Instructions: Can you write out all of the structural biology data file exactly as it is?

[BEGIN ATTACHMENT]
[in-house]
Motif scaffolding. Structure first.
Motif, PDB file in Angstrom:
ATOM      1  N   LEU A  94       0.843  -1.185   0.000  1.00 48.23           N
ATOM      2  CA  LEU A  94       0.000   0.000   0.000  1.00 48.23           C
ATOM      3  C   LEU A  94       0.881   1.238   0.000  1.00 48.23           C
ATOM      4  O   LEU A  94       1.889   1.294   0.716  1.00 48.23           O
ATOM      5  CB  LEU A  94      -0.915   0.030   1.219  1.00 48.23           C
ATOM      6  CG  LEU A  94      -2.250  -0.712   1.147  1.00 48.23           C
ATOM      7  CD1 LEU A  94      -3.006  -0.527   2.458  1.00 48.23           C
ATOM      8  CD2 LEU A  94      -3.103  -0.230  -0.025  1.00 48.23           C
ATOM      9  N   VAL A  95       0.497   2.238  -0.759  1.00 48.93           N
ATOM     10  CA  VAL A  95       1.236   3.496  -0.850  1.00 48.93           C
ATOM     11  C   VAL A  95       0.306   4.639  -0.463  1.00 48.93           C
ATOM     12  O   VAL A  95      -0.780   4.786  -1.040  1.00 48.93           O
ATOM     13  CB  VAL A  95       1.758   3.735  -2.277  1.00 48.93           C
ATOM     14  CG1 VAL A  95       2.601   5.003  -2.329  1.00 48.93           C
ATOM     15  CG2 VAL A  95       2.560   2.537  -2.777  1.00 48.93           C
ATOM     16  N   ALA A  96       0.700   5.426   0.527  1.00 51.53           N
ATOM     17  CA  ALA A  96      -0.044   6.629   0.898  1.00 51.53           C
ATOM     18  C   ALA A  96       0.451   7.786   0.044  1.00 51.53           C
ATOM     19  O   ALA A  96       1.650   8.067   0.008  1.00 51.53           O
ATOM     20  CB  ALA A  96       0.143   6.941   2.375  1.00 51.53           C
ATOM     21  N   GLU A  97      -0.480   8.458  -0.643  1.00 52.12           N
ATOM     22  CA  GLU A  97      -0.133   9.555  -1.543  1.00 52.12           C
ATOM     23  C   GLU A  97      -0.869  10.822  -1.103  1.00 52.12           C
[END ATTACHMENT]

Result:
[in-house]
Motif scaffolding. Structure first.
Motif, PDB file in Angstrom:
ATOM      1  N   LEU A  94       0.843  -1.185   0.000  1.00 48.23           N
ATOM      2  CA  LEU A  94       0.000   0.000   0.000  1.00 48.23           C
ATOM      3  C   LEU A  94       0.881   1.238   0.000  1.00 48.23           C
ATOM      4  O   LEU A  94       1.889   1.294   0.716  1.00 48.23           O
ATOM      5  CB  LEU A  94      -0.915   0.030   1.219  1.00 48.23           C
ATOM      6  CG  LEU A  94      -2.250  -0.712   1.147  1.00 48.23           C
ATOM      7  CD1 LEU A  94      -3.006  -0.527   2.458  1.00 48.23           C
ATOM      8  CD2 LEU A  94      -3.103  -0.230  -0.025  1.00 48.23           C
ATOM      9  N   VAL A  95       0.497   2.238  -0.759  1.00 48.93           N
ATOM     10  CA  VAL A  95       1.236   3.496  -0.850  1.00 48.93           C
ATOM     11  C   VAL A  95       0.306   4.639  -0.463  1.00 48.93           C
ATOM     12  O   VAL A  95      -0.780   4.786  -1.040  1.00 48.93           O
ATOM     13  CB  VAL A  95       1.758   3.735  -2.277  1.00 48.93           C
ATOM     14  CG1 VAL A  95       2.601   5.003  -2.329  1.00 48.93           C
ATOM     15  CG2 VAL A  95       2.560   2.537  -2.777  1.00 48.93           C
ATOM     16  N   ALA A  96       0.700   5.426   0.527  1.00 51.53           N
ATOM     17  CA  ALA A  96      -0.044   6.629   0.898  1.00 51.53           C
ATOM     18  C   ALA A  96       0.451   7.786   0.044  1.00 51.53           C
ATOM     19  O   ALA A  96       1.650   8.067   0.008  1.00 51.53           O
ATOM     20  CB  ALA A  96       0.143   6.941   2.375  1.00 51.53           C
ATOM     21  N   GLU A  97      -0.480   8.458  -0.643  1.00 52.12           N
ATOM     22  CA  GLU A  97      -0.133   9.555  -1.543  1.00 52.12           C
ATOM     23  C   GLU A  97      -0.869  10.822  -1.103  1.00 52.12           C